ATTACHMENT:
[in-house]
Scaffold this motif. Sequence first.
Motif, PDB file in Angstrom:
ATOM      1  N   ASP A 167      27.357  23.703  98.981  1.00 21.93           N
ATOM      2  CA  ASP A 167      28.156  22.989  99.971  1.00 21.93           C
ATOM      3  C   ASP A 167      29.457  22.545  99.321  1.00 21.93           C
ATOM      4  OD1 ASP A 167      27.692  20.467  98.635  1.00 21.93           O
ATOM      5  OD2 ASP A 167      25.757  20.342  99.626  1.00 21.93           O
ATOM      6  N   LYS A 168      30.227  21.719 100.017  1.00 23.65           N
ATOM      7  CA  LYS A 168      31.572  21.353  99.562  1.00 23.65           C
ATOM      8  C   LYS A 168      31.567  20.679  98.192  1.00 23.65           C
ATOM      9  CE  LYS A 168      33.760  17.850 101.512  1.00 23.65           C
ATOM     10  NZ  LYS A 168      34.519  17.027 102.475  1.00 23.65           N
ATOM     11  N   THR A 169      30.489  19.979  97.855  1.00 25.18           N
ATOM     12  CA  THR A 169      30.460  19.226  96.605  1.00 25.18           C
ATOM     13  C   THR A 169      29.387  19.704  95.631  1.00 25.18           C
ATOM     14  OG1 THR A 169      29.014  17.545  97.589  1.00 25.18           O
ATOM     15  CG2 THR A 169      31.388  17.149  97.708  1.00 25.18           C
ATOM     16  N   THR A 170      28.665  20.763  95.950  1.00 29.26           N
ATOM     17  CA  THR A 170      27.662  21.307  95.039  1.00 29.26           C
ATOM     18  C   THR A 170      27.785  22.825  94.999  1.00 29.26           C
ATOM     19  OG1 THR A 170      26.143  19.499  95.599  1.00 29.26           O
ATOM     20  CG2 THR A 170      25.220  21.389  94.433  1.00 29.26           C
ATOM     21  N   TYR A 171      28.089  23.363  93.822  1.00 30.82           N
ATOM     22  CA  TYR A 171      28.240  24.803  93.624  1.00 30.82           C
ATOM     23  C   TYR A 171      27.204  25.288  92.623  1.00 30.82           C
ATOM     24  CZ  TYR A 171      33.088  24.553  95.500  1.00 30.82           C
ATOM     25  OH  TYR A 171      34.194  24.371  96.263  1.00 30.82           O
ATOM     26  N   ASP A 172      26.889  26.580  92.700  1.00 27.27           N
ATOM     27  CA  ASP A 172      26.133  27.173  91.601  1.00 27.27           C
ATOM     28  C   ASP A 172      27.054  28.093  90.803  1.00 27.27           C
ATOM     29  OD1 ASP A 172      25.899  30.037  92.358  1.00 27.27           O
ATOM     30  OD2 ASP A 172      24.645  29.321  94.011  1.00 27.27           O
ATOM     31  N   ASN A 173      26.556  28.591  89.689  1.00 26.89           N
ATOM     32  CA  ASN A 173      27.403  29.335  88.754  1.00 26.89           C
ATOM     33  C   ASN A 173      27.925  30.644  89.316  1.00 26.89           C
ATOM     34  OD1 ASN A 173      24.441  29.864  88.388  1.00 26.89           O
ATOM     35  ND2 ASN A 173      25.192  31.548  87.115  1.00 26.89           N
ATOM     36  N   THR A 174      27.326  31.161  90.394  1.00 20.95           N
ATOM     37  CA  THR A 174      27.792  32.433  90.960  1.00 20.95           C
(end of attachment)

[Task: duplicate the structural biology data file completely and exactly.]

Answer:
[in-house]
Scaffold this motif. Sequence first.
Motif, PDB file in Angstrom:
ATOM      1  N   ASP A 167      27.357  23.703  98.981  1.00 21.93           N
ATOM      2  CA  ASP A 167      28.156  22.989  99.971  1.00 21.93           C
ATOM      3  C   ASP A 167      29.457  22.545  99.321  1.00 21.93           C
ATOM      4  OD1 ASP A 167      27.692  20.467  98.635  1.00 21.93           O
ATOM      5  OD2 ASP A 167      25.757  20.342  99.626  1.00 21.93           O
ATOM      6  N   LYS A 168      30.227  21.719 100.017  1.00 23.65           N
ATOM      7  CA  LYS A 168      31.572  21.353  99.562  1.00 23.65           C
ATOM      8  C   LYS A 168      31.567  20.679  98.192  1.00 23.65           C
ATOM      9  CE  LYS A 168      33.760  17.850 101.512  1.00 23.65           C
ATOM     10  NZ  LYS A 168      34.519  17.027 102.475  1.00 23.65           N
ATOM     11  N   THR A 169      30.489  19.979  97.855  1.00 25.18           N
ATOM     12  CA  THR A 169      30.460  19.226  96.605  1.00 25.18           C
ATOM     13  C   THR A 169      29.387  19.704  95.631  1.00 25.18           C
ATOM     14  OG1 THR A 169      29.014  17.545  97.589  1.00 25.18           O
ATOM     15  CG2 THR A 169      31.388  17.149  97.708  1.00 25.18           C
ATOM     16  N   THR A 170      28.665  20.763  95.950  1.00 29.26           N
ATOM     17  CA  THR A 170      27.662  21.307  95.039  1.00 29.26           C
ATOM     18  C   THR A 170      27.785  22.825  94.999  1.00 29.26           C
ATOM     19  OG1 THR A 170      26.143  19.499  95.599  1.00 29.26           O
ATOM     20  CG2 THR A 170      25.220  21.389  94.433  1.00 29.26           C
ATOM     21  N   TYR A 171      28.089  23.363  93.822  1.00 30.82           N
ATOM     22  CA  TYR A 171      28.240  24.803  93.624  1.00 30.82           C
ATOM     23  C   TYR A 171      27.204  25.288  92.623  1.00 30.82           C
ATOM     24  CZ  TYR A 171      33.088  24.553  95.500  1.00 30.82           C
ATOM     25  OH  TYR A 171      34.194  24.371  96.263  1.00 30.82           O
ATOM     26  N   ASP A 172      26.889  26.580  92.700  1.00 27.27           N
ATOM     27  CA  ASP A 172      26.133  27.173  91.601  1.00 27.27           C
ATOM     28  C   ASP A 172      27.054  28.093  90.803  1.00 27.27           C
ATOM     29  OD1 ASP A 172      25.899  30.037  92.358  1.00 27.27           O
ATOM     30  OD2 ASP A 172      24.645  29.321  94.011  1.00 27.27           O
ATOM     31  N   ASN A 173      26.556  28.591  89.689  1.00 26.89           N
ATOM     32  CA  ASN A 173      27.403  29.335  88.754  1.00 26.89           C
ATOM     33  C   ASN A 173      27.925  30.644  89.316  1.00 26.89           C
ATOM     34  OD1 ASN A 173      24.441  29.864  88.388  1.00 26.89           O
ATOM     35  ND2 ASN A 173      25.192  31.548  87.115  1.00 26.89           N
ATOM     36  N   THR A 174      27.326  31.161  90.394  1.00 20.95           N
ATOM     37  CA  THR A 174      27.792  32.433  90.960  1.00 20.95           C